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April 25, 1968


John M. Keane, S.

Author: Keane

 On the night of June 26, 1964 Harry Schweckendieck was driving his car south from Whitney Point with his wife, Lucille, their four children and a niece, to his home in Johnson City. Suddenly a drag racer appeared out of the darkness and crashed head-on into his car. Lucille Schweckendieck lost her life. Her husband and children were injured.

The personal injury and wrongful death actions were settled in Supreme Court. A settlement of $10,000, after payment of attorneys' fees and disbursements, was made in the wrongful death action. The Supreme Court returned the matter to this court for an allocation of the $10,000 among the husband and children.

Of the children, Harry Schweckendieck, Jr., was most severely injured. His settlement for personal injuries was the largest among the children. While the present prognosis seems favorable, he did suffer a skull fracture. Harry Schweckendieck proposed an allocation of $5,000 to himself, $2,000 to Harry, Jr., and $1,000 to each of the other three children. With this proposal the petitioner proposed to waive reimbursement of the funeral bill of $809.20 and his commissions of $400.

One more factor must be considered. Harry Schweckendieck remarried on August 12, 1967. The order of the Supreme Court settling the various actions was made on September 6, 1967. Subsequently this proceeding came on for a hearing in this court.

The guardian ad litem objects to the allocation proposed by Harry Schweckendieck. He also objects to an allocation based on the rationale of Matter of Kaiser (198 Misc. 582 [1950]) because Harry Schweckendieck had remarried before the settlement in Supreme Court and the allocation in this court.

The decedent worked in outside employment. So does the second wife of Harry Schweckendieck. The guardian ad litem argues that the pecuniary loss to the husband was his wife's services as housekeeper and mother for their children. By remarriage, he argues that an actuarial estimate of her loss has now been made certain. The loss would be for slightly over the three years between the accident and remarriage.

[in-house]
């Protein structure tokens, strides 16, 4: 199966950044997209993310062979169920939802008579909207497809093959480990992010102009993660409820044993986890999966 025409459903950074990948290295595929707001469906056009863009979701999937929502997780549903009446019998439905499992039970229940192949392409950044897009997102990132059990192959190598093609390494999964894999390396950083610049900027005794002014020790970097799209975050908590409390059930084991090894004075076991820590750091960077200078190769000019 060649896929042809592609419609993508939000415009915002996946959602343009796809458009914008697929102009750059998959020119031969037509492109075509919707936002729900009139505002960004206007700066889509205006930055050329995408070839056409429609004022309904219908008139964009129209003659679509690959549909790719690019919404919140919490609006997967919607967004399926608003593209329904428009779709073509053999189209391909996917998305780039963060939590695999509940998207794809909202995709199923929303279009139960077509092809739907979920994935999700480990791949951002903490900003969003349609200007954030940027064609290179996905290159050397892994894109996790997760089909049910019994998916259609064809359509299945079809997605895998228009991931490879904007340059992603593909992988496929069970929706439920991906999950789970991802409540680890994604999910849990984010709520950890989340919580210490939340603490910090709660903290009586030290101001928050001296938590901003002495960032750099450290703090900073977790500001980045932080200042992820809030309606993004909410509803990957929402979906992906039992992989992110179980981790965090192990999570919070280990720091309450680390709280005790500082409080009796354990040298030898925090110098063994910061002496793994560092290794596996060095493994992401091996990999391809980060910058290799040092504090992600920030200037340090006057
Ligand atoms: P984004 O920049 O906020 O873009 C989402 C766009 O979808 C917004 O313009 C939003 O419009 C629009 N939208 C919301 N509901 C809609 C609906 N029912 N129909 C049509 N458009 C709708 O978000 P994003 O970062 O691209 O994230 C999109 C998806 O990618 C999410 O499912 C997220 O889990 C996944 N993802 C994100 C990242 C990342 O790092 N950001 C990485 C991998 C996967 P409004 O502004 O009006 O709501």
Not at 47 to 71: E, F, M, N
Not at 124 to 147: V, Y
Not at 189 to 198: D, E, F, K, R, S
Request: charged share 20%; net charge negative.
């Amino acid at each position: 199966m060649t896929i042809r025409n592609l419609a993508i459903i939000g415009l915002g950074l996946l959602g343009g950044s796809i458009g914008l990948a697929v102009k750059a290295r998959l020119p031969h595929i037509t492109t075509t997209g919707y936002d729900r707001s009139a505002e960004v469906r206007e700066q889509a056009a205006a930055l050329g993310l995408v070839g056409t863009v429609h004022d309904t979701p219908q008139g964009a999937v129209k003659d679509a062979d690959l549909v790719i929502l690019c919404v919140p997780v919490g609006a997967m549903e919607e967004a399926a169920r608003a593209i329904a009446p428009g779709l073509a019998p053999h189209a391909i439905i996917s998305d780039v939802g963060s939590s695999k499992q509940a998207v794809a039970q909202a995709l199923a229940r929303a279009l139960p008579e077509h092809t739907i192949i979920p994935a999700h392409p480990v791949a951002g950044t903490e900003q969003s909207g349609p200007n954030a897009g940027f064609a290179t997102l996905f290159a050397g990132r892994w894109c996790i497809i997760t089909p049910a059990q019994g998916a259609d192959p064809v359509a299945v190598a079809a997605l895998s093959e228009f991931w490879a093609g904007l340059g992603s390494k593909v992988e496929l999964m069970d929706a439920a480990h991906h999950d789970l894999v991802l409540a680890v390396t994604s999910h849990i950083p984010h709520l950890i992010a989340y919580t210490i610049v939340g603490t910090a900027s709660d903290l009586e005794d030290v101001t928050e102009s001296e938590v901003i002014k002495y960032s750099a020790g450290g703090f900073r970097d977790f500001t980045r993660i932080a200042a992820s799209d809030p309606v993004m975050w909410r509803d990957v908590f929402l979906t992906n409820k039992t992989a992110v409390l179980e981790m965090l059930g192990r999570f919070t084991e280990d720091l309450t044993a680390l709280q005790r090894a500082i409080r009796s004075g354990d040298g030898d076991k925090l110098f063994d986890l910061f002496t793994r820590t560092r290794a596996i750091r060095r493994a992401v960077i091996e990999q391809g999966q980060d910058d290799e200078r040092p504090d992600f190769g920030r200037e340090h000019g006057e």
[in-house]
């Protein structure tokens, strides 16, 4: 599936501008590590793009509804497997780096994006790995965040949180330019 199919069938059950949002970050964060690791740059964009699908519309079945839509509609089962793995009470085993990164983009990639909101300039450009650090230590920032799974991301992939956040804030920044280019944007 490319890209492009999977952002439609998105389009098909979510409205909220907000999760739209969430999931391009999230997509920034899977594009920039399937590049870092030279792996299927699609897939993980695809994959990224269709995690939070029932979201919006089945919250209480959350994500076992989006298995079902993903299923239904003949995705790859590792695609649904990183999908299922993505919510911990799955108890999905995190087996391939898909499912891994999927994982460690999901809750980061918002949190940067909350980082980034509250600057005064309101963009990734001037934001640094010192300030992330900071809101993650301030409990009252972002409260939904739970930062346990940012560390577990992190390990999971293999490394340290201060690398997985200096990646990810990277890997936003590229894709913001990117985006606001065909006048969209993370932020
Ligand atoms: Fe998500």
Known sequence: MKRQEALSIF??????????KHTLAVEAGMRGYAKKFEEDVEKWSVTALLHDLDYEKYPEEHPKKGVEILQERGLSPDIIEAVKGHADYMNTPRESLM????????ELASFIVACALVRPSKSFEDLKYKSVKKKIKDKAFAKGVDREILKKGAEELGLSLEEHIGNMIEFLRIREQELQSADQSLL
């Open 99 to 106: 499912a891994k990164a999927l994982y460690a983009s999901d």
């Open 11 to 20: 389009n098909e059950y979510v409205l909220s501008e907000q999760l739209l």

The argument is analogous to the concept in taxation where a charitable deduction depends on an intervening life estate. An actuarial table would ordinarily be used but if actual health indicated a shorter expectancy -- and consequently a larger charitable deduction -- proof is now permitted of actual health to support a claim for a shorter life estate.

The facts here are similar to Matter of Giambertone (38 Misc. 2d 784 [1963]). Mr. Surrogate Hildreth sets forth a clear exposition of the problem and justification for not considering the fact of remarriage in making an allocation. The guardian ad litem seeks to distinguish the Giambertone decision because there approval was sought both for the amount of the settlement and for the allocation while in this proceeding only the allocation is involved. The fact that the settlement was approved in the Supreme Court and the allocation in this court does not affect the rationale of the Giambertone decision which this court follows.

Before making the allocation, there shall be reimbursed to Harry Schweckendieck funeral expenses of $809.20 and his commissions of $367.63. In addition, $500 shall be allocated to Harry Schweckendieck, Jr., because of the nature of his injuries. The balance shall be allocated as follows: Harry Schweckendieck 37.01%; Harry Schweckendieck, Jr., 14.05%; Mary Lou Schweckendieck 14.92%; Sharon Schweckendieck 15.80%, and Lucille Helen Schweckendieck 18.22%. (Matter of Kaiser, supra.)

The shares payable to the infants shall be deposited with the funds received from the personal injury actions and be subject to the restrictions under which those funds are held.


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